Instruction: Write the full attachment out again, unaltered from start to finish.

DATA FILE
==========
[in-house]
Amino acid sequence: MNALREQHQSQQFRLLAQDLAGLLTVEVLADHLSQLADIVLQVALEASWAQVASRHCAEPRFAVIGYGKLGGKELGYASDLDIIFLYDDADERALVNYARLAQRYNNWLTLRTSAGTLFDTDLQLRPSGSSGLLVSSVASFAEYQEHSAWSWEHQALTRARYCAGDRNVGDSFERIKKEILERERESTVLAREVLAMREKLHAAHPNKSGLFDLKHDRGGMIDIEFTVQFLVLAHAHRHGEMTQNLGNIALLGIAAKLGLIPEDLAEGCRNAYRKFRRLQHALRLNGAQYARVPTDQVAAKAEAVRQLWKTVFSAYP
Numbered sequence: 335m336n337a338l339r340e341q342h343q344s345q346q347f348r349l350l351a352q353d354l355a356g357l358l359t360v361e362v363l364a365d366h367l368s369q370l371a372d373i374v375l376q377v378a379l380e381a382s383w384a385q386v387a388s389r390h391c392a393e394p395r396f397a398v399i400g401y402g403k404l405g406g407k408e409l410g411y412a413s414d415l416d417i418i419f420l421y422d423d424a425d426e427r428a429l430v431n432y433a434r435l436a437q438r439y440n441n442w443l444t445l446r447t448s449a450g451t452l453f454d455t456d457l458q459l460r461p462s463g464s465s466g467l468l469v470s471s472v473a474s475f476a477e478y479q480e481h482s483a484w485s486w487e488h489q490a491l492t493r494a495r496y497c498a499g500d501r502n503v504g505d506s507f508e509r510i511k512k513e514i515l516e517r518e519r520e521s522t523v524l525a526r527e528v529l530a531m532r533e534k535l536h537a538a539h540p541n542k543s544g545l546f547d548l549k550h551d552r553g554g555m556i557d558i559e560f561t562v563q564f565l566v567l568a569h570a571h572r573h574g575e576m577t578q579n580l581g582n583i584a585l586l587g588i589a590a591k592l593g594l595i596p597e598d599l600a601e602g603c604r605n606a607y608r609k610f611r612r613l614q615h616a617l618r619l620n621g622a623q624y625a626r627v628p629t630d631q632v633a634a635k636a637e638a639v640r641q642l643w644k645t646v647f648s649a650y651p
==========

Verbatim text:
[in-house]
Amino acid sequence: MNALREQHQSQQFRLLAQDLAGLLTVEVLADHLSQLADIVLQVALEASWAQVASRHCAEPRFAVIGYGKLGGKELGYASDLDIIFLYDDADERALVNYARLAQRYNNWLTLRTSAGTLFDTDLQLRPSGSSGLLVSSVASFAEYQEHSAWSWEHQALTRARYCAGDRNVGDSFERIKKEILERERESTVLAREVLAMREKLHAAHPNKSGLFDLKHDRGGMIDIEFTVQFLVLAHAHRHGEMTQNLGNIALLGIAAKLGLIPEDLAEGCRNAYRKFRRLQHALRLNGAQYARVPTDQVAAKAEAVRQLWKTVFSAYP
Numbered sequence: 335m336n337a338l339r340e341q342h343q344s345q346q347f348r349l350l351a352q353d354l355a356g357l358l359t360v361e362v363l364a365d366h367l368s369q370l371a372d373i374v375l376q377v378a379l380e381a382s383w384a385q386v387a388s389r390h391c392a393e394p395r396f397a398v399i400g401y402g403k404l405g406g407k408e409l410g411y412a413s414d415l416d417i418i419f420l421y422d423d424a425d426e427r428a429l430v431n432y433a434r435l436a437q438r439y440n441n442w443l444t445l446r447t448s449a450g451t452l453f454d455t456d457l458q459l460r461p462s463g464s465s466g467l468l469v470s471s472v473a474s475f476a477e478y479q480e481h482s483a484w485s486w487e488h489q490a491l492t493r494a495r496y497c498a499g500d501r502n503v504g505d506s507f508e509r510i511k512k513e514i515l516e517r518e519r520e521s522t523v524l525a526r527e528v529l530a531m532r533e534k535l536h537a538a539h540p541n542k543s544g545l546f547d548l549k550h551d552r553g554g555m556i557d558i559e560f561t562v563q564f565l566v567l568a569h570a571h572r573h574g575e576m577t578q579n580l581g582n583i584a585l586l587g588i589a590a591k592l593g594l595i596p597e598d599l600a601e602g603c604r605n606a607y608r609k610f611r612r613l614q615h616a617l618r619l620n621g622a623q624y625a626r627v628p629t630d631q632v633a634a635k636a637e638a639v640r641q642l643w644k645t646v647f648s649a650y651p